Registering a Business in Kentucky

Most businesses in Kentucky will need to register with the Kentucky Secretary of State and the Kentucky Department of Revenue. Kentucky offers a One Stop Business Portal for more information on registration requirements. 

S-Corporation Income Tax

Kentucky recognizes the federal S election, but nonetheless imposes A “Limited Liability Entity Tax” on S corporations. In addition to the LLET, each individual S corporation shareholder will owe tax to the state on his or her share of the corporation’s income. S corporations are required to file Form 720S.

LLC/Partnership Income Tax

LLCs and partnerships are subject to the “Limited Liability Entity Tax” described above. In addition, LLC members and partnership partners will owe tax to the state on his or her share of the LLC/partnership’s income. Partnerships are required to file Form 765.

Limited Liability Entity Tax

Kentucky’s limited liability entity tax applies to traditional corporations (C-corps), S corporations, LLCs, limited partnerships (LPs), and limited liability partnerships (LLPs). The tax is based on a business’s annual gross receipts. For businesses with gross receipts less than $3 million, there is a minimum LLET of $175. For businesses with $3 million or more in gross receipts, the LLET is the lesser of 9.5¢ per $100 of gross receipts or 75¢ per $100 of gross receipts. (Also, while not detailed here, there are several methods through which businesses with gross receipts greater than $3 million but less than $6 million may reduce their LLET.)

Composite Tax

S corporations and partnerships can follow a composite return if the shareholders or partners agree to be included in the composite return and have been exempted from nonresident withholding. Composite returns are filed using Form 470NP-WH.

Individual Income Tax

Kentucky has a static conformity with the Internal Revenue Code as it existed on December 31, 2018.

The starting point for computing Kentucky's personal income tax liability is the federal adjusted gross income.

Kentucky's standard deduction for 2020 is $2,650.

You do have the option of using a state defined itemized deduction.

Personal and dependent exemptions are not offered. There is a personal tax credit for anyone over the age of 65 or legally blind of $40. If you received a child and dependent care credit on your federal return, you may qualify for a Kentucky credit equal to 20% of your federal credit amount.

Kentucky does not conform to the Internal Revenue Code (IRC) section 199A, also known as the QBI deduction.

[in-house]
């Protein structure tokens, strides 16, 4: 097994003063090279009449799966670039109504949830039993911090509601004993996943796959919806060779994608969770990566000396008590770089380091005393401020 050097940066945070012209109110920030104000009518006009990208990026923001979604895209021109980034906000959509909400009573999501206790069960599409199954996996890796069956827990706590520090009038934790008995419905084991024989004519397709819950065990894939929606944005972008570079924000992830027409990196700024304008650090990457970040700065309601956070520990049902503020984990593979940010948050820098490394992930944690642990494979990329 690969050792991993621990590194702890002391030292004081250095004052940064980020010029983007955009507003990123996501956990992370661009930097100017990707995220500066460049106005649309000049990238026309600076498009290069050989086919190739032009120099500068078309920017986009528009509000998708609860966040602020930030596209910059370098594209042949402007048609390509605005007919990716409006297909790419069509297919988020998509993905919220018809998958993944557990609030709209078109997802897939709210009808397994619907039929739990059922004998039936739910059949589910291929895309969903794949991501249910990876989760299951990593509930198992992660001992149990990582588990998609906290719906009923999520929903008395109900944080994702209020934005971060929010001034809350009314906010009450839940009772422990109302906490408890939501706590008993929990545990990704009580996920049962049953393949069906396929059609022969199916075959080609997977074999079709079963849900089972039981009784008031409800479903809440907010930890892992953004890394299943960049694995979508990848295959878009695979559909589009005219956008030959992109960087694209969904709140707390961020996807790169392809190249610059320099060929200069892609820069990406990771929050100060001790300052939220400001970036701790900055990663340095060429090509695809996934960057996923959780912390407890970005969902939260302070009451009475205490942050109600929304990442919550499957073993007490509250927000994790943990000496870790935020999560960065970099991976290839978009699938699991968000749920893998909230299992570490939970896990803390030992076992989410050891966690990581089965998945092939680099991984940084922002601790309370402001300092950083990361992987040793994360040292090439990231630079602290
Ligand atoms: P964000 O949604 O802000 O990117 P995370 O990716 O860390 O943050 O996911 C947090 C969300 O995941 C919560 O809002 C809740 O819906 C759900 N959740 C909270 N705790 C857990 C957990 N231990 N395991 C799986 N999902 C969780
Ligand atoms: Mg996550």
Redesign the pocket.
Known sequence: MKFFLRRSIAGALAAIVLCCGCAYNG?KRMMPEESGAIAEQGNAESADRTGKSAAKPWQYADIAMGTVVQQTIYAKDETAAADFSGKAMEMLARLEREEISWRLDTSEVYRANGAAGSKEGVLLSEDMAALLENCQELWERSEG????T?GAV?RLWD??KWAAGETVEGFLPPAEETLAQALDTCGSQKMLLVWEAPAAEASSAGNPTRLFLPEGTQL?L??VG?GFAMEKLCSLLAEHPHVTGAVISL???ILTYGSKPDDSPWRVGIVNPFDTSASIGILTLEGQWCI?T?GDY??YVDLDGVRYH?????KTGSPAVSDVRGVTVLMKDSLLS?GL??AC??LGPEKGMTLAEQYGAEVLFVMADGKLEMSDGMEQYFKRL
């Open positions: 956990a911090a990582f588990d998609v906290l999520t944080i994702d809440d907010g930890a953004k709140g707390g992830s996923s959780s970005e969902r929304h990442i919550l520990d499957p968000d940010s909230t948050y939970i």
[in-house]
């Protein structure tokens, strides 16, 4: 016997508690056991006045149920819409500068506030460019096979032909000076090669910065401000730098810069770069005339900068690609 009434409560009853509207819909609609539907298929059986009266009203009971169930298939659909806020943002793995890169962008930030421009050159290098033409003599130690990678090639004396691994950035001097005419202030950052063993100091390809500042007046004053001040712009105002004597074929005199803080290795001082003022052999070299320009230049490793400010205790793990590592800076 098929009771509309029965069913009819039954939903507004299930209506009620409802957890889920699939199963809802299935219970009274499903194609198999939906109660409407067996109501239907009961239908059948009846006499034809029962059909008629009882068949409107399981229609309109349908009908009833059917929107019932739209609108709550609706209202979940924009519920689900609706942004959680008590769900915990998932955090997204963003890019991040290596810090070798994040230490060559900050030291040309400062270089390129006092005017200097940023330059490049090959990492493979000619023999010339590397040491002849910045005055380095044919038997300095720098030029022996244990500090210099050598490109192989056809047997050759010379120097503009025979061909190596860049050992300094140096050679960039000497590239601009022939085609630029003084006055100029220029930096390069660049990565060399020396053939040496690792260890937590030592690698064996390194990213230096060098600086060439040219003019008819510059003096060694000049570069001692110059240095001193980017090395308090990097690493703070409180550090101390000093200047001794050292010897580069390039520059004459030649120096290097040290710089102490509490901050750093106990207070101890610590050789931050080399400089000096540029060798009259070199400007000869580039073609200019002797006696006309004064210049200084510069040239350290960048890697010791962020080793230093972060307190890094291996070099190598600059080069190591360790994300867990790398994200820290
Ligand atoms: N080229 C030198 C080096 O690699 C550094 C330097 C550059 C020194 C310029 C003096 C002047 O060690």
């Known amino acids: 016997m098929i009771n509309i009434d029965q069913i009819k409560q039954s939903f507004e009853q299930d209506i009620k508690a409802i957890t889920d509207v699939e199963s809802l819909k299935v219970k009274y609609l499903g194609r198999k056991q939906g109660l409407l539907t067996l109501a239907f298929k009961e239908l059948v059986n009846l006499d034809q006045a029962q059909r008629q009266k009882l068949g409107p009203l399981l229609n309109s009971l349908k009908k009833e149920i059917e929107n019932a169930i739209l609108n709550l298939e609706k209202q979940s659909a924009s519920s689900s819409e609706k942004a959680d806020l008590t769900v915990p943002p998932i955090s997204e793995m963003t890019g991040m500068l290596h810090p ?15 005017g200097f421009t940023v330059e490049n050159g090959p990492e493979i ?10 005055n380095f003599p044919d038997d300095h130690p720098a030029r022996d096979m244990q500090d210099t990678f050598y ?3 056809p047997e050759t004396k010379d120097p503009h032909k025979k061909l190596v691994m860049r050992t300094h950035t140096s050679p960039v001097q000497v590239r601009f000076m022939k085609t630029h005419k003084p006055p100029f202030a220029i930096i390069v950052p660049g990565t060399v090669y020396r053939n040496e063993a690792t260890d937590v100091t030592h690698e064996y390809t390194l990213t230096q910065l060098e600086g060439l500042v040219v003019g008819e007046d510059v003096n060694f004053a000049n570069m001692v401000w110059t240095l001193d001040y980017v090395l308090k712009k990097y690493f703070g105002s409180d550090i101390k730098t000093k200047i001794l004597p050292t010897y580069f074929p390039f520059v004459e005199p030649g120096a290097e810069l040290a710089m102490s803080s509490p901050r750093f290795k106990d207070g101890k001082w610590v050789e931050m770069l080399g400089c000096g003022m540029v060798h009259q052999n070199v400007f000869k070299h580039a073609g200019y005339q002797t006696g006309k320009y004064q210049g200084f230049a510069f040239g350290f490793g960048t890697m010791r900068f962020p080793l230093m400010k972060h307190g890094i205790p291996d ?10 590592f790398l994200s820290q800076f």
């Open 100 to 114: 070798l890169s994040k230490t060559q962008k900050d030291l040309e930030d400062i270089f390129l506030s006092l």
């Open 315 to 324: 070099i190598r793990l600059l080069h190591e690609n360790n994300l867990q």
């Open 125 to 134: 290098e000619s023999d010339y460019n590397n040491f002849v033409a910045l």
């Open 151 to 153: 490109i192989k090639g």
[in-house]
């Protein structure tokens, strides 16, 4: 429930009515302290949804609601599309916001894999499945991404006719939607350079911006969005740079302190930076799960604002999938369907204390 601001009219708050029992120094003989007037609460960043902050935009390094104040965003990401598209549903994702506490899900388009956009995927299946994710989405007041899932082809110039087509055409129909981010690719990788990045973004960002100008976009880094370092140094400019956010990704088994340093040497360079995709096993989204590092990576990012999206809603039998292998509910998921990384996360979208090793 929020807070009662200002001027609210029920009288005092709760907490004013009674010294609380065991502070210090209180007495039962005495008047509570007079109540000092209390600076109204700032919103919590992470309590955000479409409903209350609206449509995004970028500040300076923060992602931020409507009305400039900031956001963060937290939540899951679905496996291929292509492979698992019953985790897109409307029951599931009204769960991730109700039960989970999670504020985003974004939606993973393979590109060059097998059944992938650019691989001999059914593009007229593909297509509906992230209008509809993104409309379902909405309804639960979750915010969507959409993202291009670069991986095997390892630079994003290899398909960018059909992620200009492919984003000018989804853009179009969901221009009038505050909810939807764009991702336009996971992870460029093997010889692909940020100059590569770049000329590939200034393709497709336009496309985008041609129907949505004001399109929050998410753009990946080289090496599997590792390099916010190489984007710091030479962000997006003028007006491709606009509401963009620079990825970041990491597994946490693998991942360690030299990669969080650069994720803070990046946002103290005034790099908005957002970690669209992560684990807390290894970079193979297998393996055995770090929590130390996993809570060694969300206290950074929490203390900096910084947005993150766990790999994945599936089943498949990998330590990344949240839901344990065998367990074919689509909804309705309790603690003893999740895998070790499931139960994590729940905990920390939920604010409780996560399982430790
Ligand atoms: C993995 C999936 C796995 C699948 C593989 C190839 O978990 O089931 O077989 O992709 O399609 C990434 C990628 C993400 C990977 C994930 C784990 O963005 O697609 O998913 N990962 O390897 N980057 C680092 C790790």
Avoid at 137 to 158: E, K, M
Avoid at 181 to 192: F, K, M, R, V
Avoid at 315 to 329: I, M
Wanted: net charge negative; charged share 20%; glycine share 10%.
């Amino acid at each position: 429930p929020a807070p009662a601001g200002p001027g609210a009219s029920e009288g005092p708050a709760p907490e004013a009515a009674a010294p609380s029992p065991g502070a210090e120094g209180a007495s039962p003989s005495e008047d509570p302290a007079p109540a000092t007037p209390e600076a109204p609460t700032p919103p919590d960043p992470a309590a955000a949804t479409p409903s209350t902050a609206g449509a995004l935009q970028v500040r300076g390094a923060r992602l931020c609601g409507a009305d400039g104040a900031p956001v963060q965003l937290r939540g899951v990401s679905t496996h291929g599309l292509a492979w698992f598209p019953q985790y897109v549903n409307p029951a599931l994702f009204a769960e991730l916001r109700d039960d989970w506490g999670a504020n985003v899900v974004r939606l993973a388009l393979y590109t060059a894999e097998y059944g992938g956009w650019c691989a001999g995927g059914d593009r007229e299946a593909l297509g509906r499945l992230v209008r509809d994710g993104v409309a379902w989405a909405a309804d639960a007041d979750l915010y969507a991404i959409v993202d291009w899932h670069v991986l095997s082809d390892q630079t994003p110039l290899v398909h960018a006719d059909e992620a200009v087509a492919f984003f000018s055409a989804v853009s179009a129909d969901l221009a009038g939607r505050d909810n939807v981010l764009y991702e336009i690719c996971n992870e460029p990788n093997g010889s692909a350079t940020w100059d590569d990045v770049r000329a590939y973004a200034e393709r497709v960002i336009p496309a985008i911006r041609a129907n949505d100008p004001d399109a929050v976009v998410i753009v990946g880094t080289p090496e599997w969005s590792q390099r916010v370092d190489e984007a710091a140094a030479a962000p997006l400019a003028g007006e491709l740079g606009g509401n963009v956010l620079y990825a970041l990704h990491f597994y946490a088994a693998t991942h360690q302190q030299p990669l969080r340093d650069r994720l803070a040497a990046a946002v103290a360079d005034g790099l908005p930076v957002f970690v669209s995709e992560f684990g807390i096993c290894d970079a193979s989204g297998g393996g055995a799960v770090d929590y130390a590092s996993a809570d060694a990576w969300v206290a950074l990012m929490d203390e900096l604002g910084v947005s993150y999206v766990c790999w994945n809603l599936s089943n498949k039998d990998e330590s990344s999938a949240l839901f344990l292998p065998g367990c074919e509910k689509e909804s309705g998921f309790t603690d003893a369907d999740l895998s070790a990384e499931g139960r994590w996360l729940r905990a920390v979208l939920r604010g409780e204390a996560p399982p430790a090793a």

Individuals generating income taxable by the State of Kentucky may be required to file an individual income tax. Individual income tax returns are filed on Form 740. Individual income is taxed at a flat rate of 5%. 

CARES Act Guidance

Kentucky decouples from almost all CARES Act provisions. However, loans forgiven under the CARES Act Paycheck Protection Program that are excluded from gross income for federal income tax purposes will also be excluded from gross income for Kentucky income tax purposes.

Due Date

Individual, Corporation and Pass-through Entity tax returns are due the 15th day of the 4th month following the close of the taxable year end. For most taxpayers this will be April 15th. 

If the due date falls on a holiday or weekend, the due date is extended to the next business day. 

Filing an Extension 

A six-month extension of time to file a corporation or limited liability pass-through entity income and LLET return may be obtained by either making a specific request to the Department of Revenue or attaching a copy of the federal extension to the return when filed.

Individuals can request an extension by making a specific request to the Department of Revenue or by attaching a copy of the federal extension to the return when filed. 

Estimated Payments 

An S corporation must make estimated tax installments if its combined tax liability can reasonably be expected to exceed $5,000. S corporations use Form 720ES


Late filing of returns may result in a penalty of 2% of the total tax due for each 30 days or fraction thereof, up to a maximum of 20% of the tax due. 

Additional Information

If your business was formed or is located in another state, but generates income in Kentucky, it may be subject to Kentucky taxes. The rules for taxation of multistate businesses, including what constitutes nexus with a state for the purpose of various taxes, are complicated. If you run such a business, you should consult with a tax professional.

Kentucky Secretary of State 

Kentucky Department of Revenue 

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